Who can blame them? They didn’t like the unpleasantness of having a blast of cold air hitting them on the back of the neck or in the ears while trying to enjoy a nice meal. And I guess as we get older, some of us seem to get more sensitive to that factor, including me.

But I know that we are not alone. It doesn’t take an expert in body language to recognize the signs of someone offended by a draft. Continue reading

Leave a comment

Filed under 50+

The Wild Life of Living in the Country

But with farm land surrounding us, I didn’t expect to feel quite so unenlightened and “green” when it came to the animal kingdom. It’s like I turn into a kid again when I see or hear things for the first time.

Shortly after we arrived I experienced flying ants for the first time. It was a very weird sensation, as I had no idea an ant could fly, but out here they do. They are quite the annoyance if you are trying to get something accomplished and they persistently fly back no matter how many times you try to shoo them away. Fortunately, the wave of flying ants was over after about two weeks.

When taking a stroll or working outside, it’s not uncommon to hear cows in the distance, a sound that I haven’t heard in ages. It’s a sound that brings me great joy, as a reminder of our more peaceful surroundings. I never thought that a cow mooing would have such a relaxing effect, but it does.

Just down the street, one of our neighbours has a couple of horses. I don’t recall been near a horse since a pony ride maybe 50 years ago. One day I was driving by, only to see one of the horses relieving itself (#1) which totally blew my mind as I finally witnessed and understood the saying “peeing like a racehorse”.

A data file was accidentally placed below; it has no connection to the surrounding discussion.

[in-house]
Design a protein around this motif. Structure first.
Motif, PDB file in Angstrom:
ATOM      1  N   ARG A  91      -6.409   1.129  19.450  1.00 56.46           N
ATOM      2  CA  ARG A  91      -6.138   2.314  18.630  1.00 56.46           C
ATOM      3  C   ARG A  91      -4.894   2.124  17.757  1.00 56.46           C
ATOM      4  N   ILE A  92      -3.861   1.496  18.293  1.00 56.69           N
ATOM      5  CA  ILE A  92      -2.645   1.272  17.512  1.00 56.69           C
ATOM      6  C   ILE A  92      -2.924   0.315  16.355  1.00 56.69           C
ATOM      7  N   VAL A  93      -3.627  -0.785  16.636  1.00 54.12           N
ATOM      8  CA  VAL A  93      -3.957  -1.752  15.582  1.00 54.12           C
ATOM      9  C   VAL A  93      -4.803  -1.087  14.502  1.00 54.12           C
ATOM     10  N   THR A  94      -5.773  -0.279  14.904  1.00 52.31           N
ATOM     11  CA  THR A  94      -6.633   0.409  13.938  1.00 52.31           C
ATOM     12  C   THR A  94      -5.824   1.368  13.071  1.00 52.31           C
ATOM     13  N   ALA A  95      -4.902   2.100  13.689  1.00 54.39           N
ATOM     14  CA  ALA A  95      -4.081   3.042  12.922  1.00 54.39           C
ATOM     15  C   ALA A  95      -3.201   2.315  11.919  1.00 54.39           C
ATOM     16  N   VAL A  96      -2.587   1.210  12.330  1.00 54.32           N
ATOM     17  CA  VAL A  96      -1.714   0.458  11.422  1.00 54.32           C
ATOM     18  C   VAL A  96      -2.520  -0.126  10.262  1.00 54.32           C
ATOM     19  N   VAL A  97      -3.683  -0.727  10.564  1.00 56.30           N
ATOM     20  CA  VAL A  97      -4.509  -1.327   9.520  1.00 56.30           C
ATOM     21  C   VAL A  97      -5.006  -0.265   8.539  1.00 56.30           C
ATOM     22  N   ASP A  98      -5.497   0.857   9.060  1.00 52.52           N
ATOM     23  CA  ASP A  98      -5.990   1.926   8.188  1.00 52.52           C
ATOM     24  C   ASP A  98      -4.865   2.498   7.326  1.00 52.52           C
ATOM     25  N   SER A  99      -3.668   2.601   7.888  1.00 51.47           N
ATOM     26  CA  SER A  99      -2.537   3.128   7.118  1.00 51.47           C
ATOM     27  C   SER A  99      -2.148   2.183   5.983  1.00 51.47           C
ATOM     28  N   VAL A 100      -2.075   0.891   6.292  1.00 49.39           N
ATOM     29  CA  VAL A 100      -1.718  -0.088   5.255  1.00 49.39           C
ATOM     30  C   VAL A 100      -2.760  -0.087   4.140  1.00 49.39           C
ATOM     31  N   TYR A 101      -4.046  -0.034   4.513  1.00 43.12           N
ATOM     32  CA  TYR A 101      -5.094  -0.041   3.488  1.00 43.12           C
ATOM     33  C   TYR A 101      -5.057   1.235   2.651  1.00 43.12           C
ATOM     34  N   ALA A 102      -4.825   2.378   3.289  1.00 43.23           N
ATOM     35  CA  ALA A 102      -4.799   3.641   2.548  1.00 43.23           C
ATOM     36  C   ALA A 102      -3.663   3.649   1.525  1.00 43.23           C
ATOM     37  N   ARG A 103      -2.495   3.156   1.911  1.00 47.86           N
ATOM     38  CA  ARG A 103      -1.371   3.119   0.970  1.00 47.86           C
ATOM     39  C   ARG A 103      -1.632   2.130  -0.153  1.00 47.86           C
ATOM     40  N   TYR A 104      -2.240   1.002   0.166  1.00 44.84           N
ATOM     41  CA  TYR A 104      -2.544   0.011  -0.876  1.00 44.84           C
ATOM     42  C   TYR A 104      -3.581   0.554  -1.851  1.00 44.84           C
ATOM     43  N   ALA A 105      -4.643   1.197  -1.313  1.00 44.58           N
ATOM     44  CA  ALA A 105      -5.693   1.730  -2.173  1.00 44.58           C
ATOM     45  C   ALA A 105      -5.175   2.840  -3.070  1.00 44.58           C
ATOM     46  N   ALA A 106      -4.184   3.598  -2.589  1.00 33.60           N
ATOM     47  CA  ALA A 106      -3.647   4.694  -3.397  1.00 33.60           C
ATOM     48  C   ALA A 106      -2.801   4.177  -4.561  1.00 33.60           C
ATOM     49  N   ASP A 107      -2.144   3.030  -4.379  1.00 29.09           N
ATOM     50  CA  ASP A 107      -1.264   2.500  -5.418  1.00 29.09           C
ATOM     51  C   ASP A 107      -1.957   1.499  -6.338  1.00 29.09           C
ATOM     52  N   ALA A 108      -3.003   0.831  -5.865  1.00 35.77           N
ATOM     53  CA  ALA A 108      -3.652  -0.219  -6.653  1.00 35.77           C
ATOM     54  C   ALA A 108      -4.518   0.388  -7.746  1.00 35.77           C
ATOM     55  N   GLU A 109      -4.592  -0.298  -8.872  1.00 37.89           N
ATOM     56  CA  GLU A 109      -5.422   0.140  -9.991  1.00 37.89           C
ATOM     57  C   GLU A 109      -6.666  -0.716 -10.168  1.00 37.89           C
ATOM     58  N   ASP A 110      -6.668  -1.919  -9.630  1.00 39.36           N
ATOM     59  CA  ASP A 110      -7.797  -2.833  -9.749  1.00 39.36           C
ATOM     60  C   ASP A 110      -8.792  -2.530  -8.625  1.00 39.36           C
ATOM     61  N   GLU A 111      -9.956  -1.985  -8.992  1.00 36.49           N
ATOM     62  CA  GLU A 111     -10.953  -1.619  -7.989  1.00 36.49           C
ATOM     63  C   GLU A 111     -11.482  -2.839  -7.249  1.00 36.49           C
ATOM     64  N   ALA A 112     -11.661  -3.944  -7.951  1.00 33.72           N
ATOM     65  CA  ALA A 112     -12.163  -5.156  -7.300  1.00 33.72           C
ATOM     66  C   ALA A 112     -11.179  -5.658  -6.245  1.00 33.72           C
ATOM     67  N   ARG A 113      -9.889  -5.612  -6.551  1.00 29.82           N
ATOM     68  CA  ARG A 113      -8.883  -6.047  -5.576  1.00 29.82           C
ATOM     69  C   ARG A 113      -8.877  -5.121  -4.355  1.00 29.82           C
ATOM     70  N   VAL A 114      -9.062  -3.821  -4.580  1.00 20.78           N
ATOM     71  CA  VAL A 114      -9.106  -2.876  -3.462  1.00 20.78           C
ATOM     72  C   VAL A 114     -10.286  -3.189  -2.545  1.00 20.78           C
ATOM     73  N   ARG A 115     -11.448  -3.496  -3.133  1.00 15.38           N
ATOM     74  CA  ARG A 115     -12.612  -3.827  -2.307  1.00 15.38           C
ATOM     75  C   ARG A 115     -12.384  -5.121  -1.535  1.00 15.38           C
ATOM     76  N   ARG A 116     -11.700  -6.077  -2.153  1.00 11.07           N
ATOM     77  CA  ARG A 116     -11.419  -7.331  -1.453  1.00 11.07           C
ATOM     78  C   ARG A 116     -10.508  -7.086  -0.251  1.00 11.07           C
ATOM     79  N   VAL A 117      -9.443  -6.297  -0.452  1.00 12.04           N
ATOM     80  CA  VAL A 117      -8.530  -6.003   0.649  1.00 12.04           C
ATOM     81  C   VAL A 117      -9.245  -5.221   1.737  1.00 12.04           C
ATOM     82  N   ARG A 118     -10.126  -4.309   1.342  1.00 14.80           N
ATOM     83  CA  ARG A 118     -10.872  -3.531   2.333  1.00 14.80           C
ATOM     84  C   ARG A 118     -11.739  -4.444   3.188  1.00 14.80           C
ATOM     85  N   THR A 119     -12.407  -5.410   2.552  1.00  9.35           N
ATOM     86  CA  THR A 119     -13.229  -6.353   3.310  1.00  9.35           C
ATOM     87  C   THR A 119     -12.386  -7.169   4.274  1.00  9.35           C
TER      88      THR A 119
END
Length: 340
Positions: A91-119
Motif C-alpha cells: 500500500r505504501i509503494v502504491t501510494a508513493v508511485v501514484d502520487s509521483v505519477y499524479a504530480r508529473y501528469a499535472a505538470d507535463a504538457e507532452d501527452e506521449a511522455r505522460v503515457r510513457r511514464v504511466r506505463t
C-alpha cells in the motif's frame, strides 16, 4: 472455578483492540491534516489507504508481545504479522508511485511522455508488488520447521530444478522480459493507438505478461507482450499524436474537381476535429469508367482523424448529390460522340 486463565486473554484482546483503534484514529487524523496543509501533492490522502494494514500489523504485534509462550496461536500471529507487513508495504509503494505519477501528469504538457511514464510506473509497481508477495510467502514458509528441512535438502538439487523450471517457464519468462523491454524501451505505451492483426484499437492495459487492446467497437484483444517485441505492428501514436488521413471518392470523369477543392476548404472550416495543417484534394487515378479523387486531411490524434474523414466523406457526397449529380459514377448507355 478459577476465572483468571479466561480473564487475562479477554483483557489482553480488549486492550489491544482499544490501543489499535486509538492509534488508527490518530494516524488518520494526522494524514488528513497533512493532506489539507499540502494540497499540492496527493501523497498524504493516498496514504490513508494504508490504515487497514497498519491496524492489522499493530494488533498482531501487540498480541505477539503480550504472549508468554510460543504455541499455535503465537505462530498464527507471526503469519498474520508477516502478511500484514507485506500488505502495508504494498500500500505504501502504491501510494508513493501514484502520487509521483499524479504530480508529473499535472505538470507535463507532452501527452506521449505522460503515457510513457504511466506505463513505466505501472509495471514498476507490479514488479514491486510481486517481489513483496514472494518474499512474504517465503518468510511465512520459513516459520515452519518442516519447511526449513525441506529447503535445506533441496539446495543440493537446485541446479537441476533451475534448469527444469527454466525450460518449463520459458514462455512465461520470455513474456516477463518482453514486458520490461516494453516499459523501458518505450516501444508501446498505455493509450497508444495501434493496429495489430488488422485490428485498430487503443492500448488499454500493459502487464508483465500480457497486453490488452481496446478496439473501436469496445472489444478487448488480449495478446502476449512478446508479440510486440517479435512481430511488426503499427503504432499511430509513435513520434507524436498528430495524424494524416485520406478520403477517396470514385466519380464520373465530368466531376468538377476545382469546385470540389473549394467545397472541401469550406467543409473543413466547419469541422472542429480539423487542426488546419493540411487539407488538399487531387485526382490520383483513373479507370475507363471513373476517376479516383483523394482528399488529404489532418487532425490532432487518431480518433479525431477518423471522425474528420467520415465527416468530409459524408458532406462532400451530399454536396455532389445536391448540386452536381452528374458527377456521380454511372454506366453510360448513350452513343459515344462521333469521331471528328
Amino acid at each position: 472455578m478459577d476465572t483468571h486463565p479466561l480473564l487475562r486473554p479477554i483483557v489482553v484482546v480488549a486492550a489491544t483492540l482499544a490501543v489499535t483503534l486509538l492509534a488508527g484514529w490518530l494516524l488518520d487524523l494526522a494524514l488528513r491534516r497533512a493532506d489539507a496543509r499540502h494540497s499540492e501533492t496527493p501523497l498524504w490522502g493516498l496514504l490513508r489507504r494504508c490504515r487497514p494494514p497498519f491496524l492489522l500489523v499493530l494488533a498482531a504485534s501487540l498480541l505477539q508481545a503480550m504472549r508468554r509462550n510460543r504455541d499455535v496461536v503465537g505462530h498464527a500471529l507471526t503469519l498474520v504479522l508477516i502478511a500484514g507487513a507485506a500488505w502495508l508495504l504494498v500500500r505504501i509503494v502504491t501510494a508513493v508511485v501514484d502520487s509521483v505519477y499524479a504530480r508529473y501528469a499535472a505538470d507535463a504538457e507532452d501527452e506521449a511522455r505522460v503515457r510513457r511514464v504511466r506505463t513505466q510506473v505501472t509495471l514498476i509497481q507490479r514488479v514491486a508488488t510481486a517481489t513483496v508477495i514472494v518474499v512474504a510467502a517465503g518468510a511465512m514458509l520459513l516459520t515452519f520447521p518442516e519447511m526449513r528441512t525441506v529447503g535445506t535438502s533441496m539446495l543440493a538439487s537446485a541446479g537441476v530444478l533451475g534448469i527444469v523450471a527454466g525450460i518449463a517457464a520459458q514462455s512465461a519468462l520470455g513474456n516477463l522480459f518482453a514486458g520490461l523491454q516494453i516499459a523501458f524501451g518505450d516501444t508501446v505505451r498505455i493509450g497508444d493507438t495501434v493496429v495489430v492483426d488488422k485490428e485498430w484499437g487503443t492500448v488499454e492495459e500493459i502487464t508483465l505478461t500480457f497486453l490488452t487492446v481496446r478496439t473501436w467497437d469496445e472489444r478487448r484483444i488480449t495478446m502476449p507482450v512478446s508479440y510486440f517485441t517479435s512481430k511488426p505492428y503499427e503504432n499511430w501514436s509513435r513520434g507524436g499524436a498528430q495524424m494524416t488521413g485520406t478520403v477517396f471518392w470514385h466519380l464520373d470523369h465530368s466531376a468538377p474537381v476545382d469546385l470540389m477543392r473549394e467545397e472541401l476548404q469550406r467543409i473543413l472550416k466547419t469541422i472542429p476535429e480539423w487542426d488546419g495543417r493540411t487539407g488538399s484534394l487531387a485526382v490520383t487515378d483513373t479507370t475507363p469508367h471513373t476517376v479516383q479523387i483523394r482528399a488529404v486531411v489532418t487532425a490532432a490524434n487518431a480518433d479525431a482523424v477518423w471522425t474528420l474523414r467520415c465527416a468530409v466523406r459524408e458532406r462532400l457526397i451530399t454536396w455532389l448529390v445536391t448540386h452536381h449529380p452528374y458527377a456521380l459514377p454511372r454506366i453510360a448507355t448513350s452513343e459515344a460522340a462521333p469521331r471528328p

I was surprised that we didn’t have more squirrels and chipmunks, but the ones we have are more than enough as they seem to be in a bit of a “West Side Story” turf war. My partner and I have both seen the chipmunk get very aggressive with the squirrel and even take a swipe at him. That chipmunk is quite a scrapper! Continue reading

1 Comment

Filed under home, Humour

Country Living and Non-Stop Pick-Up Sticks

When I first read the real estate listing for our home-to-be, one of the details that stole my heart was the mention of a tree-lined lot and the picture of mature trees surrounding the little house.

Even though I am not what I would consider a winter person, when combined with a fresh February snowfall, the house presented all of the elements of a charming country retreat. A couple of friends mentioned how it looked like the kind of house you’d see in a Hallmark Christmas movie.

Having grown up in suburbia, I wasn’t a stranger to trees. We had a weeping willow, a crab-apple tree, cedar hedges and a few shrubs. There was even an apple tree on the property line with one of our neighbours. But as a kid, I never really thought about them. I just remember climbing them or making them into a big prop in whatever game my playmates’ imagination came up with.

Then came a decade of rental apartments, where trees were there for shade, shelter and beauty, but I never really gave them much thought. Even in the townhome where I lived for 20 years, the condominium corporation took care of the trees. The most I ever did was rake a few leaves.

Now, in a home with a tree-lined lot, I see trees differently, both literally and metaphorically. They are a source of pride and joy and we are so fortunate that our property has such a variety of beautiful trees. But the reality check is setting in: ongoing maintenance.